Felipe Montoro Jens Paints a Clear Picture of the Privatization Process in Brazil

Debt crises necessitated the privatization of many state-owned corporations in Brazil. According to Felipe Montoro Jens, much of privatization activities happened in the 1980s going into the 1990s, and it made it possible for most sectors to be modernized. This process was to a larger extent an avenue that Brazil exploited to close the investment gaps that existed before then. Felipe Montoro was recently breaking down the entire privatization process right from 1930 all the way to the 1980s. Data from the National Confederation of Brazil indicates that indeed the investment needs were met following the privatization.

The Privatization Process

Felipe Montoro explained that infrastructure was among the first sectors to be made private in Brazil. He explained that due to changing political landscape in the country, the need for privatization arose in the 1930s. Businesses owned by the state, on the other hand, were doing well and increased significantly between 1930 and 1980. Going to the 1990s, the government started rolling out the National Privatization program that led to the privatization of industries such as aeronautical and petrochemical industries.

In quick succession, the National Privatization Program was followed by the Concessions Law. This law that was enacted in 1995 prioritized the privatization of sectors such as banking, telecommunication, and sanitation among others. Among these sectors, telecommunication was the first to be made private following the enactment of the Public Private Partnership Act in 2004.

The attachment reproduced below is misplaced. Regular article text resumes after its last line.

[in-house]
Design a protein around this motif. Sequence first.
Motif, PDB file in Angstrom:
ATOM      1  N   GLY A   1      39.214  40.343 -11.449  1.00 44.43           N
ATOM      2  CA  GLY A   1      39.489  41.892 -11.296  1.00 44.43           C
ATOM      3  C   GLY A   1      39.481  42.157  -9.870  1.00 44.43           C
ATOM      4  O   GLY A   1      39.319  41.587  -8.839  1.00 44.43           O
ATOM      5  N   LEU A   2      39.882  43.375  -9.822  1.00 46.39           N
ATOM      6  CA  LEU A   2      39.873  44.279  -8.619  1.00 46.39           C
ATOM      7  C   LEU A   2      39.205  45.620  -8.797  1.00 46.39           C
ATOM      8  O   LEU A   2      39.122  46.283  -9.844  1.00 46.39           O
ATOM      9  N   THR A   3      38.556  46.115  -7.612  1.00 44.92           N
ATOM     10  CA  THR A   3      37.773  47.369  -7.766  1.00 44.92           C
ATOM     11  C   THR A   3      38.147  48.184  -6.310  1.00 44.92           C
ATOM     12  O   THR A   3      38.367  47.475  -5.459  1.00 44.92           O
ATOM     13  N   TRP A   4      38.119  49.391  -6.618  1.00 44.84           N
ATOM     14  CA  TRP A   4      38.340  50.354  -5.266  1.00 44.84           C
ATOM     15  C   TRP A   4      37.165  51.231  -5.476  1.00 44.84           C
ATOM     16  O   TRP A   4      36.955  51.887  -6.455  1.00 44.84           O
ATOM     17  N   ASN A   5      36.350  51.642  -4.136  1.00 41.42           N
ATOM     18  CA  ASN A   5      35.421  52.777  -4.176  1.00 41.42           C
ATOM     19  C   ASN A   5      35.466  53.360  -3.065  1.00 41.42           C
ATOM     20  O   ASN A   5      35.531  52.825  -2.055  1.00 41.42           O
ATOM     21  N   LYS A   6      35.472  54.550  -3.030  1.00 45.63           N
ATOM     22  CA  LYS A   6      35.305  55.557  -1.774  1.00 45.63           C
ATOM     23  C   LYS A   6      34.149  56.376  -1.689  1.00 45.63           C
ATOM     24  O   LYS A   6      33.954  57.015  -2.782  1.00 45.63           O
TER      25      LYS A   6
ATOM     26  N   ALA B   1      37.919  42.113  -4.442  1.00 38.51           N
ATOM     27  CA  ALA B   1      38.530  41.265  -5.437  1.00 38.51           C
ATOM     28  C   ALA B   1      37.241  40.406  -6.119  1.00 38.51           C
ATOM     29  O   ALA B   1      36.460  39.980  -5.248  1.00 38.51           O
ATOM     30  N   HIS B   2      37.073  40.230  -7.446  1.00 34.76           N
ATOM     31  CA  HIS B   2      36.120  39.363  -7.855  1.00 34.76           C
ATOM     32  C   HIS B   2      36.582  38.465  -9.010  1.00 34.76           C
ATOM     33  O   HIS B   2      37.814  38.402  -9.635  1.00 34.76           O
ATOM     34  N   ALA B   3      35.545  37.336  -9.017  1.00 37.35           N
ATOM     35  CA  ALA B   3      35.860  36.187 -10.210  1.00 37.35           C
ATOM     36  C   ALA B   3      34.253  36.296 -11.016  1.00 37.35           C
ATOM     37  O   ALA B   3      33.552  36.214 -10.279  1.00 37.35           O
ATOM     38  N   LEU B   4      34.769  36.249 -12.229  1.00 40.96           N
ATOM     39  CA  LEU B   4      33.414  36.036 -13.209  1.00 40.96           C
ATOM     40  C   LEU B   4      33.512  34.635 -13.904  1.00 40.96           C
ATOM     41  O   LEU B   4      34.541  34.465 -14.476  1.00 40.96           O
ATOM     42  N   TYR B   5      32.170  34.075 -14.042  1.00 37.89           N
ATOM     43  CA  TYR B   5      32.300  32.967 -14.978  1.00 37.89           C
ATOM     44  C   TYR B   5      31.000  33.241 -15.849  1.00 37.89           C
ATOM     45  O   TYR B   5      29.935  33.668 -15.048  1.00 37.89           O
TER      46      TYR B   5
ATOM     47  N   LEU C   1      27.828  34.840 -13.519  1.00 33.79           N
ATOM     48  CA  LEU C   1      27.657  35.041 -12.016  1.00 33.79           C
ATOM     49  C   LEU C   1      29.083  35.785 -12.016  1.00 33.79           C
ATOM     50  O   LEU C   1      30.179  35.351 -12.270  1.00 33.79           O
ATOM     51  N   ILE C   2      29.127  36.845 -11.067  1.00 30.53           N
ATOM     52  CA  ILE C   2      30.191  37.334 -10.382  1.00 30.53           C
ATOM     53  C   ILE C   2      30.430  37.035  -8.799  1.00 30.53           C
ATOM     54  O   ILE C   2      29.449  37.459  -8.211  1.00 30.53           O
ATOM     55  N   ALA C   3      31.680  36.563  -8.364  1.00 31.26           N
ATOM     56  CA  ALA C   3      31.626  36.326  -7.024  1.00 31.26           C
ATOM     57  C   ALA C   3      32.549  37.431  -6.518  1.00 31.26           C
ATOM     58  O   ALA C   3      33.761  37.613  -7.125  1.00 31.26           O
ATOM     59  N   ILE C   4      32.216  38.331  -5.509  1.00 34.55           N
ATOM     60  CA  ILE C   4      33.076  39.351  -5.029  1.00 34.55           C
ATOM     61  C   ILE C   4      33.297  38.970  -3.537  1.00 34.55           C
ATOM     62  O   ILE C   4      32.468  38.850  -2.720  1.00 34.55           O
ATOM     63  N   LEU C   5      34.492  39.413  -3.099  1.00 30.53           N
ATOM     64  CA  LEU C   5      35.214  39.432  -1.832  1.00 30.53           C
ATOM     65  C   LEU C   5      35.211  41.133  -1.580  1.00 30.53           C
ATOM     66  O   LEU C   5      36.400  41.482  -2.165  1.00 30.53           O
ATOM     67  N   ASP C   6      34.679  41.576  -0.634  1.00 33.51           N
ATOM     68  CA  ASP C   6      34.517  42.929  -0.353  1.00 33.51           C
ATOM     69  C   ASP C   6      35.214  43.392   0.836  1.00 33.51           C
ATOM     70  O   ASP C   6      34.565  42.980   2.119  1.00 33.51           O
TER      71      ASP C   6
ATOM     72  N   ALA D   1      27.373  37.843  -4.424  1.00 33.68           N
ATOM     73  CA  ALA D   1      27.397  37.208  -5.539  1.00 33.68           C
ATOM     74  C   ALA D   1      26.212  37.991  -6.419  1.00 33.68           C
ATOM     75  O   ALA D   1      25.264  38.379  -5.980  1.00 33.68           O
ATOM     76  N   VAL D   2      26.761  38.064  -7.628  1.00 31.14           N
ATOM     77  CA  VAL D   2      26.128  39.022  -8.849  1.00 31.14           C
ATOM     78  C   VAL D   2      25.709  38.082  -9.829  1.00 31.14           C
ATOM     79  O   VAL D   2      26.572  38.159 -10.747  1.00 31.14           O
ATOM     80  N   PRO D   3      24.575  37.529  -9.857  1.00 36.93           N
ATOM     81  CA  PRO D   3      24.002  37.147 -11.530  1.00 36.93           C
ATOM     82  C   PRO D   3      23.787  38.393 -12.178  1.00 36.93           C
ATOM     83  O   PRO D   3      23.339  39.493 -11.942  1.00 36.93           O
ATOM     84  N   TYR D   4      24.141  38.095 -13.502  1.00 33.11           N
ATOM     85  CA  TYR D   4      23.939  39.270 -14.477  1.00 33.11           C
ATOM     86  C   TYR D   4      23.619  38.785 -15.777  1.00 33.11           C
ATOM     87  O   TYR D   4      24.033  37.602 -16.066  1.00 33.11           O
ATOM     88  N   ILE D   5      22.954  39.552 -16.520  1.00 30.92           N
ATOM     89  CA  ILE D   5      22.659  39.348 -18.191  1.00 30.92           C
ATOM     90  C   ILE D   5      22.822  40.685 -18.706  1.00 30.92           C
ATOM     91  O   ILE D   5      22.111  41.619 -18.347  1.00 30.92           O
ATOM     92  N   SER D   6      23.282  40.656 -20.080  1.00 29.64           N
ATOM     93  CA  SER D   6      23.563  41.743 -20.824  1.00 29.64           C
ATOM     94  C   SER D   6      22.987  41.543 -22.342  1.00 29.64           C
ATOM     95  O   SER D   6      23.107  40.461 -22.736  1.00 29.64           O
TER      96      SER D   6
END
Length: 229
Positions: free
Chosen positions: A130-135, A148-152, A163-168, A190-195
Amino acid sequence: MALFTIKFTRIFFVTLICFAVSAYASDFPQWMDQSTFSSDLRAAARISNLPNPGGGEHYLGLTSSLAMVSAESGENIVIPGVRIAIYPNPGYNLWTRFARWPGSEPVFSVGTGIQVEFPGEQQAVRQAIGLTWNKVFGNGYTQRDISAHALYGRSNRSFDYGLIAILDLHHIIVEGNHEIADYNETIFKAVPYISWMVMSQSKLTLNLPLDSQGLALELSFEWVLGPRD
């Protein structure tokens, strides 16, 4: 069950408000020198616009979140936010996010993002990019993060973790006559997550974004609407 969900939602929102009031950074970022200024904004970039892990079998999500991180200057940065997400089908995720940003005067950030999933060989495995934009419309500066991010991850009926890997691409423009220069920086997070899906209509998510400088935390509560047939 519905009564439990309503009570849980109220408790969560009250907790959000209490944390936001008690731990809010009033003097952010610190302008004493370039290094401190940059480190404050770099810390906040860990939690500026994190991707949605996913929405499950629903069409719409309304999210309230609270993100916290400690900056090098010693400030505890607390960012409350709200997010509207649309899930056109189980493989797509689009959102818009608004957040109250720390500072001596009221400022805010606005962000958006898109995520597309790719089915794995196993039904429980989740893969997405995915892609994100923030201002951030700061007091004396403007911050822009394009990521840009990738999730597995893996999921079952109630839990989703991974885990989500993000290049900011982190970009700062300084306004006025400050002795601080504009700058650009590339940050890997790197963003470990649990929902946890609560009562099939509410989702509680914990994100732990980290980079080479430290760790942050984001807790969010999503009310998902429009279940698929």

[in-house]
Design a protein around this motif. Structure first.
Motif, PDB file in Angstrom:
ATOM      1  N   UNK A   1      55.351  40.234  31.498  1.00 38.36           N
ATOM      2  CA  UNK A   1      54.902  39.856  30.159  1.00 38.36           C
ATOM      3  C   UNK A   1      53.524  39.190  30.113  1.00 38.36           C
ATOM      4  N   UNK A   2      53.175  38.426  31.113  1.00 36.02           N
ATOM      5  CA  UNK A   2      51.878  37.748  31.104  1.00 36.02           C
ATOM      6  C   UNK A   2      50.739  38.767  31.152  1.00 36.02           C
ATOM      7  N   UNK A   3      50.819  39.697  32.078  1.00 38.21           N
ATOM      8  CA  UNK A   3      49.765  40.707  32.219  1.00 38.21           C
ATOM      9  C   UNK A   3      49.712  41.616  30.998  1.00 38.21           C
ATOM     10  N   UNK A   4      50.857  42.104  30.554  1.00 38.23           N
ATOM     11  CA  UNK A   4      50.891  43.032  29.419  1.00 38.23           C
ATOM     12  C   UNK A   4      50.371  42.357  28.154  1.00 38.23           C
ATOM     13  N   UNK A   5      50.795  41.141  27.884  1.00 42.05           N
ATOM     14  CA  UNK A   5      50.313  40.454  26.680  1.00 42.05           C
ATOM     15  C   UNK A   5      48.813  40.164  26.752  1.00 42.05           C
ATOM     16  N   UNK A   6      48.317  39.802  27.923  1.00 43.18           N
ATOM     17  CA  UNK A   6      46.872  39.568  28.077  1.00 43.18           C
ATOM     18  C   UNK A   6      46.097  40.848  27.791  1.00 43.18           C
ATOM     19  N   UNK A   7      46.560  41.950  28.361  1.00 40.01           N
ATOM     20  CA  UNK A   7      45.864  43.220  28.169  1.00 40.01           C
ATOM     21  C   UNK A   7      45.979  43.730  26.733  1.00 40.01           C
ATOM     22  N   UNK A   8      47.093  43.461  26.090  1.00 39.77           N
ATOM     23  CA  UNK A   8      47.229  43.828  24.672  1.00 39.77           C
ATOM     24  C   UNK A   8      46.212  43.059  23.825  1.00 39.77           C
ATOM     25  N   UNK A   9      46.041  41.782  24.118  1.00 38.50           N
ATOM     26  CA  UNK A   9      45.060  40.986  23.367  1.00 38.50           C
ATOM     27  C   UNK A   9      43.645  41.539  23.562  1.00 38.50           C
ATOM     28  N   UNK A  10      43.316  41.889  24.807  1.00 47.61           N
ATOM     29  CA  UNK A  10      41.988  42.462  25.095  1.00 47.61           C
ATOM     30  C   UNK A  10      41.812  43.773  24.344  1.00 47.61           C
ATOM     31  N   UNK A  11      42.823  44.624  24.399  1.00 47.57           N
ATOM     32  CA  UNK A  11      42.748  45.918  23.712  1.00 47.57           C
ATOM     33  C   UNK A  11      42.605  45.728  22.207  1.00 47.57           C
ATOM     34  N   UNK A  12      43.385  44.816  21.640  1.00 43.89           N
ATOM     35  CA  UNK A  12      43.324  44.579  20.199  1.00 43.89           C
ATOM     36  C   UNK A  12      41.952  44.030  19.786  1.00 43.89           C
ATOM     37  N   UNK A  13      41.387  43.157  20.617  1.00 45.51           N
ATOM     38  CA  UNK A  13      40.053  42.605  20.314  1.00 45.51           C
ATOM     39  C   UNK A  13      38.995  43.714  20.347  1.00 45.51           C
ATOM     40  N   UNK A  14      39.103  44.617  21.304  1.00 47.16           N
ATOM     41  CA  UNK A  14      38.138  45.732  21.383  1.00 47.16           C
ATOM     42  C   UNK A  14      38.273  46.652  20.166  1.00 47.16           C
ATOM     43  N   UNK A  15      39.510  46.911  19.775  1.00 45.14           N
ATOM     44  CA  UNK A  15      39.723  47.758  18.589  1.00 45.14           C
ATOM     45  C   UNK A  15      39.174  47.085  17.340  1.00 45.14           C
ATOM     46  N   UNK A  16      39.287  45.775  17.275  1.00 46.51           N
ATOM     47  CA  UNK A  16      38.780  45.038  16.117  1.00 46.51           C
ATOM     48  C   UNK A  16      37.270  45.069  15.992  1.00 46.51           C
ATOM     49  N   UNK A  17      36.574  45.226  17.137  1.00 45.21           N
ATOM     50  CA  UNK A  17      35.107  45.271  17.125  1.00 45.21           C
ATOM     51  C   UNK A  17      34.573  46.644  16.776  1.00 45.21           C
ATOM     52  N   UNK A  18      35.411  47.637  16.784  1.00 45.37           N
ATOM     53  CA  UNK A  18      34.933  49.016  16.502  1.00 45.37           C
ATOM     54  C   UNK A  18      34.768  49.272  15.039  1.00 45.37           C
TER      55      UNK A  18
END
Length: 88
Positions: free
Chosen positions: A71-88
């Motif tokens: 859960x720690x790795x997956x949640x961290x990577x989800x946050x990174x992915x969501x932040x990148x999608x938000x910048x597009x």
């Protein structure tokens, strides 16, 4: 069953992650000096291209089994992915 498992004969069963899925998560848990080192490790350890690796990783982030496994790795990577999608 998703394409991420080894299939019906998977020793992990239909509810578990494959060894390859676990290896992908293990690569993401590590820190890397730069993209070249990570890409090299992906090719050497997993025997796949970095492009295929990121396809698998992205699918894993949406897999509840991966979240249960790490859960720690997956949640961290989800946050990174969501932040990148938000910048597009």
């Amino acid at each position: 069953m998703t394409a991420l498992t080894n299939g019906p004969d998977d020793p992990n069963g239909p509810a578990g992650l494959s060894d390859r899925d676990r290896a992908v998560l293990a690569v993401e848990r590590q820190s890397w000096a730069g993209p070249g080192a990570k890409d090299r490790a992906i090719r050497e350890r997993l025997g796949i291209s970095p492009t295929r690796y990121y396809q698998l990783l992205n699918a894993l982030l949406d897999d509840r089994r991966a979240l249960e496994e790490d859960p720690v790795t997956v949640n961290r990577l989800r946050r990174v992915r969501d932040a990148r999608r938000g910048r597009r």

According to Felipe Montoro Jens, the General Concession Plan of 2008 was the one established a solid base on which businesses in Brazil rest on. The plan brought order that is followed in the country until today. Felipe also noted that the National Economic and Social Development Bank (BNDES) has also played a key role in the privatization process.

About Felipe

Felipe Montoro Jens is a Brazilian infrastructure expert. He pursued his higher education at the American Garvin School of International Management and the Fundao Getlio Vargas (FGV).

Felipe’s expert infrastructure analysis has been sought by the Brazilian government as well as other countries such as the UK.

Find out more about Felipe Montoro Jens: http://maringa.odiario.com/politica/2017/03/felipe-montoro-jens-fala-sobre-parcerias-publico-privadas-no-brasil/2348581